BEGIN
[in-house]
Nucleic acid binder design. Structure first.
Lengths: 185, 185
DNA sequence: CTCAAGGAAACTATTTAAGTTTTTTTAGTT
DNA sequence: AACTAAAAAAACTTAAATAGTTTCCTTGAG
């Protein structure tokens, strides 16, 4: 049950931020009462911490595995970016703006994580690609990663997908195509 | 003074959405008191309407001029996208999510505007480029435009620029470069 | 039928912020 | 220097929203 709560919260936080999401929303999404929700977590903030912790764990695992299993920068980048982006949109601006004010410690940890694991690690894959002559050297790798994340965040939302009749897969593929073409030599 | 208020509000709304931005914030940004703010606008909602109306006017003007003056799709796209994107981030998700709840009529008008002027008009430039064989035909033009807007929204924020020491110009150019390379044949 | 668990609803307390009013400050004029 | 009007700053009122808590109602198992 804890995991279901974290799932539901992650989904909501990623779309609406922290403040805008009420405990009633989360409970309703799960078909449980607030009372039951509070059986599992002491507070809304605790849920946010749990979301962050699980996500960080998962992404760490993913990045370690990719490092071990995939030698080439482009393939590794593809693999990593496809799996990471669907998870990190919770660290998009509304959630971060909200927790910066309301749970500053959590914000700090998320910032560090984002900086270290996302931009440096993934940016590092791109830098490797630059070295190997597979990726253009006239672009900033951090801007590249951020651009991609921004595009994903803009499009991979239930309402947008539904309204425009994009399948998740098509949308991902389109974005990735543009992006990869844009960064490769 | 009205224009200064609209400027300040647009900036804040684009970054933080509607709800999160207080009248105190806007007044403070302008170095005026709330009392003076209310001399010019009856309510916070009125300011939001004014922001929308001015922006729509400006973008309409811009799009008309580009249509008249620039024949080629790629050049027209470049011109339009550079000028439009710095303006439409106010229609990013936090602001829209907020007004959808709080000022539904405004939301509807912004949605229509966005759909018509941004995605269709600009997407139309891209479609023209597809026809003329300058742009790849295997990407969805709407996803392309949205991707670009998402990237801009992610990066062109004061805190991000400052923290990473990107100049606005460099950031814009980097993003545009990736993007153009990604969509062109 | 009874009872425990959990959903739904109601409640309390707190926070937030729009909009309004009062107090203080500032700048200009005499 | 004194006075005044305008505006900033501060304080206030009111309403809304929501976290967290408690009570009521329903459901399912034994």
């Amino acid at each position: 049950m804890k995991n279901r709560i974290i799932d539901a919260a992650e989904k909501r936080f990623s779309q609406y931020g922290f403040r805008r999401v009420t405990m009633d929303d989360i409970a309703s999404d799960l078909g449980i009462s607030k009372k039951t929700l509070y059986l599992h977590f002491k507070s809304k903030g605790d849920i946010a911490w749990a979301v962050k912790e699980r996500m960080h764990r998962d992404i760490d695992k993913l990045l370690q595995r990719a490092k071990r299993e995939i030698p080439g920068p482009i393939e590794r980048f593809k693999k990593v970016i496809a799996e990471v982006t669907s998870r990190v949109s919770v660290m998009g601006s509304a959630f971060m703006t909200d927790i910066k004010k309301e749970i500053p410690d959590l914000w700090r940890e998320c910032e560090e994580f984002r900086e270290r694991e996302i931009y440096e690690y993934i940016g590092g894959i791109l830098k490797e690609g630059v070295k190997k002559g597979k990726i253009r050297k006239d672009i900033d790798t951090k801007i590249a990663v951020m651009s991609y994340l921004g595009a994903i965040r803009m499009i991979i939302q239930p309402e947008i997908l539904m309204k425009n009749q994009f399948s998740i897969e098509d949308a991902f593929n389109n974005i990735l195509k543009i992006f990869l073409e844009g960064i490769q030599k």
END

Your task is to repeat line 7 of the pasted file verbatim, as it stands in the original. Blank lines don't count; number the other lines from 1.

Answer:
């Amino acid at each position: 049950m804890k995991n279901r709560i974290i799932d539901a919260a992650e989904k909501r936080f990623s779309q609406y931020g922290f403040r805008r999401v009420t405990m009633d929303d989360i409970a309703s999404d799960l078909g449980i009462s607030k009372k039951t929700l509070y059986l599992h977590f002491k507070s809304k903030g605790d849920i946010a911490w749990a979301v962050k912790e699980r996500m960080h764990r998962d992404i760490d695992k993913l990045l370690q595995r990719a490092k071990r299993e995939i030698p080439g920068p482009i393939e590794r980048f593809k693999k990593v970016i496809a799996e990471v982006t669907s998870r990190v949109s919770v660290m998009g601006s509304a959630f971060m703006t909200d927790i910066k004010k309301e749970i500053p410690d959590l914000w700090r940890e998320c910032e560090e994580f984002r900086e270290r694991e996302i931009y440096e690690y993934i940016g590092g894959i791109l830098k490797e690609g630059v070295k190997k002559g597979k990726i253009r050297k006239d672009i900033d790798t951090k801007i590249a990663v951020m651009s991609y994340l921004g595009a994903i965040r803009m499009i991979i939302q239930p309402e947008i997908l539904m309204k425009n009749q994009f399948s998740i897969e098509d949308a991902f593929n389109n974005i990735l195509k543009i992006f990869l073409e844009g960064i490769q030599k």